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Facebook sells subscriptions while the advertising business is faltering

“It free And it always will be,” Facebook vowed on its landing page for nearly a decade. It remains the largest social network in the world. But starting this week, its users and those of its sister app, Instagram, will have the option to pay $11.99 per month for a “verified” account. Better customer service, more viral shares and a blue badge next to their name.

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Subscription is the latest example of a growing trend. Last June, Snapchat, a popular messaging app among 20-somethings, launched a $3.99 plan called Snapchat+. In December, Twitter relaunched Twitter Blue, an $8-per-month service. Like Meta View, both offer a variety of perks, the main one being a prominent placement of a user’s posts in other people’s feeds.

It is not surprising that ad-supported networks are looking to diversify their sources of revenue. After years of continuous growth, the online advertising business has reached a leap in speed. The big one-time shift of advertising budgets from offline sites, such as newspapers, to the web is mostly complete. And since 2021, mobile advertising has been hampered by anti-tracking rules that Apple devised, making it difficult for apps like Facebook to target ads and measure their effectiveness.

The results were painful. Meta, Facebook’s parent company, has reported declining revenue in each of the past three quarters. Despite the recent rally, its stock is trading at less than half the value at its peak in 2021. Snap, which owns Snapchat, has lost nearly 90% of its market value in the same period. Twitter, which Elon Musk bought last October and is a mercurial “technique,” is heading for break-even after previously facing bankruptcy, its owner tweeted this month.

Subscriptions are not a substitute for advertising. Snap said on February 17 that 2.5 million people have signed up for Snapchat+, less than 1% of its app’s 375 million daily users. That means annual subscription sales of just $120 million, or less than 3% of Snap’s total revenue last year. Although Twitter hasn’t said how many have joined Blue (its entire press office appears to have been sacked), a recent leak put the number below 300,000. The product is still a work in progress, with promised features like fewer ads still being released. Invoice as “coming soon”. On February 17th, Twitter took a new approach to push sign-ups, announcing that two-factor authentication via text message, a security feature, would soon be retired for those who don’t cough.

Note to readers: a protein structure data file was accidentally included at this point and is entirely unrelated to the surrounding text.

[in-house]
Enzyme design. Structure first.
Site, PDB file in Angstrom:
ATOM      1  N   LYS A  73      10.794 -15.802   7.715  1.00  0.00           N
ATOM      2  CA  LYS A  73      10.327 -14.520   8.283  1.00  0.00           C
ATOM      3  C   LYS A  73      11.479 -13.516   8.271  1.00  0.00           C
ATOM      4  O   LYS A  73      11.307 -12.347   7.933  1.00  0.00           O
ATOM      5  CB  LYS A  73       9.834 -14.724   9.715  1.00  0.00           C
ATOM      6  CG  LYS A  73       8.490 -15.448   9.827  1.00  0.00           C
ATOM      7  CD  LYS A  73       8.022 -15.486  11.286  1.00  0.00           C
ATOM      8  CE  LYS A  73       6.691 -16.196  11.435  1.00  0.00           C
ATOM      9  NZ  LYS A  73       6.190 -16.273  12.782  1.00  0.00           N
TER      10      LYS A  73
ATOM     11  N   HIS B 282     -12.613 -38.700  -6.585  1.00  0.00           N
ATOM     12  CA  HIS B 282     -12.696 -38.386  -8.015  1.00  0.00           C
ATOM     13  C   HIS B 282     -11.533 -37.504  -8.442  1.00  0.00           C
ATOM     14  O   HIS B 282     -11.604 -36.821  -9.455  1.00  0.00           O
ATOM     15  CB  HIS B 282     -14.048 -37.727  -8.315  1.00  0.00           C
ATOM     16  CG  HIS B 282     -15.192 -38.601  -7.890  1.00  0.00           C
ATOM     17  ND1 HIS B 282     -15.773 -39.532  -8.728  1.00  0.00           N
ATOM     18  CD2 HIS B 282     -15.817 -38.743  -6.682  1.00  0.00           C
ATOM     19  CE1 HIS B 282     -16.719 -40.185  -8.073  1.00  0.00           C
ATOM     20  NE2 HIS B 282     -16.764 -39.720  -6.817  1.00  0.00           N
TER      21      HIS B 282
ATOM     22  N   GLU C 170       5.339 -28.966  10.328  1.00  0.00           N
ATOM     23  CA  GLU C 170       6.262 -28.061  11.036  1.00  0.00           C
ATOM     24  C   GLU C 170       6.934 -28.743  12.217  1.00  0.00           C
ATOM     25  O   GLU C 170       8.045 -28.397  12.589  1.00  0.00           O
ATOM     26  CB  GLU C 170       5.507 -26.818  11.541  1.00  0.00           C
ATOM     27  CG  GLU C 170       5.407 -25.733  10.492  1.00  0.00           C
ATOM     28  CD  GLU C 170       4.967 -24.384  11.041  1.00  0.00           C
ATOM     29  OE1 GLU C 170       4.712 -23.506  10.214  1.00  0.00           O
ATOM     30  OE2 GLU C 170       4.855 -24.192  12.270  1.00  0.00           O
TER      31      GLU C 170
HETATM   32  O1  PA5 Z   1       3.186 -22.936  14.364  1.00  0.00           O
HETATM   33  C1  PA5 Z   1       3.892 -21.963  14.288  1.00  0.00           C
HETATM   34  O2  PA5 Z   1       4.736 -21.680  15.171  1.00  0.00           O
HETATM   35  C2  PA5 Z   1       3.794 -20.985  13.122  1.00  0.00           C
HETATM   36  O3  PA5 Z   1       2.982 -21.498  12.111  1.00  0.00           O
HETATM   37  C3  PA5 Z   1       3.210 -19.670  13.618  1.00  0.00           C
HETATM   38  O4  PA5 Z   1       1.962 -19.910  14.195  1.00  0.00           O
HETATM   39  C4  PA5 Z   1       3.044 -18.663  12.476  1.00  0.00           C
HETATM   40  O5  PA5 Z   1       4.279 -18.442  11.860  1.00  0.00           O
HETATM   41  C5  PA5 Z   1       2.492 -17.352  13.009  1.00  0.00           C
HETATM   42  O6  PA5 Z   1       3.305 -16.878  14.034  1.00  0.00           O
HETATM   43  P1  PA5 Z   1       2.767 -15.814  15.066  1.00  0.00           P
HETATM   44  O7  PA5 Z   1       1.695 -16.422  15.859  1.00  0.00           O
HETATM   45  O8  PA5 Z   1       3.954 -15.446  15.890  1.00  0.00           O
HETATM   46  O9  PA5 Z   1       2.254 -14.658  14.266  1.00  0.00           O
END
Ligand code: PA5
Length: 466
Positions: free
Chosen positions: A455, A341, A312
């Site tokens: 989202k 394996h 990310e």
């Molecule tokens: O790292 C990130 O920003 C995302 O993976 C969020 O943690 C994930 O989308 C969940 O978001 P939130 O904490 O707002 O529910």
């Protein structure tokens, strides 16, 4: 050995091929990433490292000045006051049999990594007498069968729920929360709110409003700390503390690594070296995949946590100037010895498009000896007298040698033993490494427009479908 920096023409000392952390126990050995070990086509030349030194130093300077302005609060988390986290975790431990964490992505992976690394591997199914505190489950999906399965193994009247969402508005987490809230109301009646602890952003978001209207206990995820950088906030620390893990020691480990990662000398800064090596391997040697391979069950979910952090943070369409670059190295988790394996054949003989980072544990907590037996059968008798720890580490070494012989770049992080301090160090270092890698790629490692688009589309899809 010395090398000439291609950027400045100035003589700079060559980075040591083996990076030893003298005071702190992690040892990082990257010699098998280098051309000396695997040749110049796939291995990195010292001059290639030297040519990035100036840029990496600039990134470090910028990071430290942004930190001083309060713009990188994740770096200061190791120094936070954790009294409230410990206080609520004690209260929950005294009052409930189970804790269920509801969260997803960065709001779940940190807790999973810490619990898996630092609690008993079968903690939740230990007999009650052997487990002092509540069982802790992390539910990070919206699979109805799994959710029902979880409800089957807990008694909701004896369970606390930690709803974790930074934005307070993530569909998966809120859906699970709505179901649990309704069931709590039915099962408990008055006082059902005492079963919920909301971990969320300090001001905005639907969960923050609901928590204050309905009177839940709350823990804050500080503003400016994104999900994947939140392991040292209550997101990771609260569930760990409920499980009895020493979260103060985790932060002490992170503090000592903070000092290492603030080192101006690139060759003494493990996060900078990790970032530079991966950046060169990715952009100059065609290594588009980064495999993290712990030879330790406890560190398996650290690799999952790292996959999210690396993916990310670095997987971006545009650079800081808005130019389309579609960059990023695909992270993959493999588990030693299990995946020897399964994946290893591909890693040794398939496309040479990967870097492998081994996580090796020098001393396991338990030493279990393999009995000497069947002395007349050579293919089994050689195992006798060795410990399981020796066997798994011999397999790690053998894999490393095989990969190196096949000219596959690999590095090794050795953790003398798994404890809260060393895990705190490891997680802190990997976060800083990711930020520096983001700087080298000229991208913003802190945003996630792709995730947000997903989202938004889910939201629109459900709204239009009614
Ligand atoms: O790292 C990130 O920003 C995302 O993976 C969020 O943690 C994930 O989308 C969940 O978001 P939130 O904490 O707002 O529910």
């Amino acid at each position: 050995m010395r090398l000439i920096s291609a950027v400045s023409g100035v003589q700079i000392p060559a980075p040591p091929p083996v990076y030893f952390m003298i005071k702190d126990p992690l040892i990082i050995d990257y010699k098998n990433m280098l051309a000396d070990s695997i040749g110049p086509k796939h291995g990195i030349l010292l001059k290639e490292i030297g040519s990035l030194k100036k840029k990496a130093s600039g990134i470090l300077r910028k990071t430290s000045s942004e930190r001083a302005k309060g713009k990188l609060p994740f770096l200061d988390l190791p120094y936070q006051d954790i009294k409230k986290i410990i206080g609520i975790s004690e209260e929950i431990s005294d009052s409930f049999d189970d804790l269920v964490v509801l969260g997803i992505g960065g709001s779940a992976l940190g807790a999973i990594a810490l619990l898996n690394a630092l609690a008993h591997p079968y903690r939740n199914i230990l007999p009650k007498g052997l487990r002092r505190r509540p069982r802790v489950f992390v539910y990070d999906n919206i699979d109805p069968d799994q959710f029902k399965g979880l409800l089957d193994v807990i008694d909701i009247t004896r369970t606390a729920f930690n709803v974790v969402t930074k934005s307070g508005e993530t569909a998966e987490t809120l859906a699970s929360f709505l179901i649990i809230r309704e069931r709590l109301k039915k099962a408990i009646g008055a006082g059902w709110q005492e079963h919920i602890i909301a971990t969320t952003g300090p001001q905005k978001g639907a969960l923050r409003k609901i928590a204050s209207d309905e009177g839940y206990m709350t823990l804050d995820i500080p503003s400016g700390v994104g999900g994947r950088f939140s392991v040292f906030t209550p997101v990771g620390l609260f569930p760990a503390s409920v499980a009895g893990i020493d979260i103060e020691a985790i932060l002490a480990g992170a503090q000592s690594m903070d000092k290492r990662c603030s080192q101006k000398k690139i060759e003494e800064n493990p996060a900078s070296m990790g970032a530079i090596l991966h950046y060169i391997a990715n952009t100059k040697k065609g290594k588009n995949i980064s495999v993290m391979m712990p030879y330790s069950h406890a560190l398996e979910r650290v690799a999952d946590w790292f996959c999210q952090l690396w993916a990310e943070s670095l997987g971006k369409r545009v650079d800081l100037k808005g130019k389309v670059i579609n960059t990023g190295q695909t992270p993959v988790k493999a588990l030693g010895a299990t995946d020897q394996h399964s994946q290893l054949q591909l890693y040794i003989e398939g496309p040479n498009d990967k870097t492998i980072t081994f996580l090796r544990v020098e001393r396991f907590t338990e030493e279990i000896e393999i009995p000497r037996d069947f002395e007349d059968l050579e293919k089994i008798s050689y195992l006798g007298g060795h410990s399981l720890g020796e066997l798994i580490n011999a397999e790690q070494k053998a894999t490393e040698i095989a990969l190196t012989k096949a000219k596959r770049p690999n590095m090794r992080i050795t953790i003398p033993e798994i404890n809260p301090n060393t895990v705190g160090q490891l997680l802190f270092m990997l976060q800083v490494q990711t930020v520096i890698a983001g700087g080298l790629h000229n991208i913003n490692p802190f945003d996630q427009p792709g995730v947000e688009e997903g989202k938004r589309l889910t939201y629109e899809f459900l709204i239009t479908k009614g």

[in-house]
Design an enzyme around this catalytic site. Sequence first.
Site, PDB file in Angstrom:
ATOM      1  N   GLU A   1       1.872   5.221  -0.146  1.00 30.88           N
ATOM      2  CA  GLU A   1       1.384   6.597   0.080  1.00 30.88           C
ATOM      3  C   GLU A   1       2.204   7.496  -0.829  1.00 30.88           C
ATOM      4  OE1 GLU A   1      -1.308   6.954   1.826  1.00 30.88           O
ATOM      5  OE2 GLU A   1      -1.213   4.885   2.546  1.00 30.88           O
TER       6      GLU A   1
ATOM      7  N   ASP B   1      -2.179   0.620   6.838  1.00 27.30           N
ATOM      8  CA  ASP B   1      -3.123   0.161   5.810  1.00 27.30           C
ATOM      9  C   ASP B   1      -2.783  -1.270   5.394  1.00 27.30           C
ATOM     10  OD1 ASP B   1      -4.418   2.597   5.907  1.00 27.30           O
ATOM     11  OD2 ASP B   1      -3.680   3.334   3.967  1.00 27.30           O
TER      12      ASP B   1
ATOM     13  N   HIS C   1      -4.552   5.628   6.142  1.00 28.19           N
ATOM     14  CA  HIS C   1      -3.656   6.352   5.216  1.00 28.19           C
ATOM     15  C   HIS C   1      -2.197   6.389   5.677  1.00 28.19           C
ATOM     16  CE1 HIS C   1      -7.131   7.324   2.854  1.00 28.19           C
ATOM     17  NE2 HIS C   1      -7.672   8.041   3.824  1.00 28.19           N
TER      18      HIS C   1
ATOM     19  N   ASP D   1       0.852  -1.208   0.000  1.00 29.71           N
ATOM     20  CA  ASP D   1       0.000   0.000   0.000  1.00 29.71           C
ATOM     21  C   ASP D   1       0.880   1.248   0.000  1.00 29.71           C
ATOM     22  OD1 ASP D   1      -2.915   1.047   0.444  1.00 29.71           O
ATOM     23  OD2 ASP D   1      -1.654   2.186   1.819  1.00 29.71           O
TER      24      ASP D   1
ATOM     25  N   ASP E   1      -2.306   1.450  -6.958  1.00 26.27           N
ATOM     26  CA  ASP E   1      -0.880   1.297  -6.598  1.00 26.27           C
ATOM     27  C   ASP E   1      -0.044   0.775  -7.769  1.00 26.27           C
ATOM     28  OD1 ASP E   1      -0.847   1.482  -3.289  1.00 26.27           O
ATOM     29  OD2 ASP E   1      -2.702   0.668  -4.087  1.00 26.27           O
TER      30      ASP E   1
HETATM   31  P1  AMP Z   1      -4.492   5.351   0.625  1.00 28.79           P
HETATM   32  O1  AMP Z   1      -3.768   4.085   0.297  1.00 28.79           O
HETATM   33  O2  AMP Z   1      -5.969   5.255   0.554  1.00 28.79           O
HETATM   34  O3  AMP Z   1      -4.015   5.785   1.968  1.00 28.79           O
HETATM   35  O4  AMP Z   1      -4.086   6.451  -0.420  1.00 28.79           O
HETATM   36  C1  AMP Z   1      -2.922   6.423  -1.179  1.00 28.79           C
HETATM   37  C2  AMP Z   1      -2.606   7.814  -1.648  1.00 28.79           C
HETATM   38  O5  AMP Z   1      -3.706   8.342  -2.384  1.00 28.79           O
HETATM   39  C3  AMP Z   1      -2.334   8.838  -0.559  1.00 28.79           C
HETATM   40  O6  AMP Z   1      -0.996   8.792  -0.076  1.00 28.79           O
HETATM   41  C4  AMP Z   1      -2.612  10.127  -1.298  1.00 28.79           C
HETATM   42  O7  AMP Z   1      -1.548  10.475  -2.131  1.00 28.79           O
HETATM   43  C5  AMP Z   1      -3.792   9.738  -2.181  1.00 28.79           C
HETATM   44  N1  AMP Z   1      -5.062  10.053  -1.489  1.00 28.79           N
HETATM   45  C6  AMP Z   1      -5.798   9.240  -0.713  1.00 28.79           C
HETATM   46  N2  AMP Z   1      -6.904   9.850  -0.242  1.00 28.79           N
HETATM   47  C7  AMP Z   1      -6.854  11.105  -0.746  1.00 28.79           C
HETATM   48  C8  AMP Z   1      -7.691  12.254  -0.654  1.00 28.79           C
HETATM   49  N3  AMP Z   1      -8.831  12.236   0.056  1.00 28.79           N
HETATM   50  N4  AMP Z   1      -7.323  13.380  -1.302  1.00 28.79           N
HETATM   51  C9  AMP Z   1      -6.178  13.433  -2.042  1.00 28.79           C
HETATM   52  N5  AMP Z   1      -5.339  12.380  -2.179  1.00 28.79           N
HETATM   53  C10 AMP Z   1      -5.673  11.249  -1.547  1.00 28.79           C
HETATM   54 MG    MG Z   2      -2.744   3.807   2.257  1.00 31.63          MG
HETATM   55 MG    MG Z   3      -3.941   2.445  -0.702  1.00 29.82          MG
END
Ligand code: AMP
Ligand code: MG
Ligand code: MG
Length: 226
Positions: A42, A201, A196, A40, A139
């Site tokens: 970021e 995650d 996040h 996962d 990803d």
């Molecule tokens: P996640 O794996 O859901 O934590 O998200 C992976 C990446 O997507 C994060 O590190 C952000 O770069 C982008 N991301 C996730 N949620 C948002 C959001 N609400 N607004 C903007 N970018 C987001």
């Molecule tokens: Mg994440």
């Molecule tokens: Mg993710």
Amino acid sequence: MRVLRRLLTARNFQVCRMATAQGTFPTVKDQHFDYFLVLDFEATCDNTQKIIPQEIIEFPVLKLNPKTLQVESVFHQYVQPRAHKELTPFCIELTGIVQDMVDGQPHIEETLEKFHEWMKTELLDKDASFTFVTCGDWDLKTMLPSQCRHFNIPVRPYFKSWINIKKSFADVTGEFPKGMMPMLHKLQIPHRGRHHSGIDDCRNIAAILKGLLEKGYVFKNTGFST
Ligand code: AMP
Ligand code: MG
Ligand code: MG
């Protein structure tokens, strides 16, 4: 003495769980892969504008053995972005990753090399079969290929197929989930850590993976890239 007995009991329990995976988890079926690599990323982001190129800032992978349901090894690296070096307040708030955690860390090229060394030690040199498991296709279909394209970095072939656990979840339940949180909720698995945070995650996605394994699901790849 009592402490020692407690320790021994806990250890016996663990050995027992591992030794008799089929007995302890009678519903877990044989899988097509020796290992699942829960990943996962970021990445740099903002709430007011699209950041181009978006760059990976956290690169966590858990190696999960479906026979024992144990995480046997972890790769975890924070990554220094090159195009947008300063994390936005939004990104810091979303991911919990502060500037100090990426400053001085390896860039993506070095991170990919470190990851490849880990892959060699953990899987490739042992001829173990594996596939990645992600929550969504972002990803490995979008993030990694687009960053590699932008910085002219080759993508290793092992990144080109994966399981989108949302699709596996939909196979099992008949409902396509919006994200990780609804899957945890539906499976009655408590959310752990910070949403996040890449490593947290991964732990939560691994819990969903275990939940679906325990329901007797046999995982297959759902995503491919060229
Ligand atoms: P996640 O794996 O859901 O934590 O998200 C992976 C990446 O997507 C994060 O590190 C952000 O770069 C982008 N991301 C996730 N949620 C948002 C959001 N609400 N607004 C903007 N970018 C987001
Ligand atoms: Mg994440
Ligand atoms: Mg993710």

Meta says its offering is aimed at “creators,” who use its platforms for work and may be more willing to pay for verification and additional access. While Elon has a plan for everyone to buy Twitter Blue (but hasn’t yet given good reasons for doing so), for Meta it’s about a scalable way to prevent corporate impersonation. [and] celebrity,” suggests Benedict Evans, a tech analyst. Rob Leathern, a former Facebook executive, dismisses the idea that the plan is a copy of Snap and Twitter’s efforts: Facebook has been working on verification for years, he says, citing its 2018 acquisition of, It’s a biometric.Identification card start.

To the extent that social networks embrace subscription, that means a windfall for the mobile platforms that host their apps. Google, which operates the Android operating system, and Apple, which operates the iOS operating systemOS, do not earn any money from in-app advertising revenue, but take a portion of consumers’ in-app purchases, including recurring subscriptions. Having hit the mobile advertising business with the new privacy rules, Apple and Google stand to benefit from the resulting move to subscriptions.

There may be a sting in the tail. While the new Meta service costs $11.99 for web subscribers, the price in the case of in-app payments is $14.99. Similarly, Musk, who has called Apple’s fee a “30% tax on the internet,” charges Twitter Blue $8 online and $11 in the app. Such a two-tier price has proven controversial, as Apple has banned apps like Fortnite, a video game that tells users they can pay less for a browser. But as more large companies embrace differential pricing, consumers may learn that they can get a deep discount by subscribing outside of Apple and Google’s systems.

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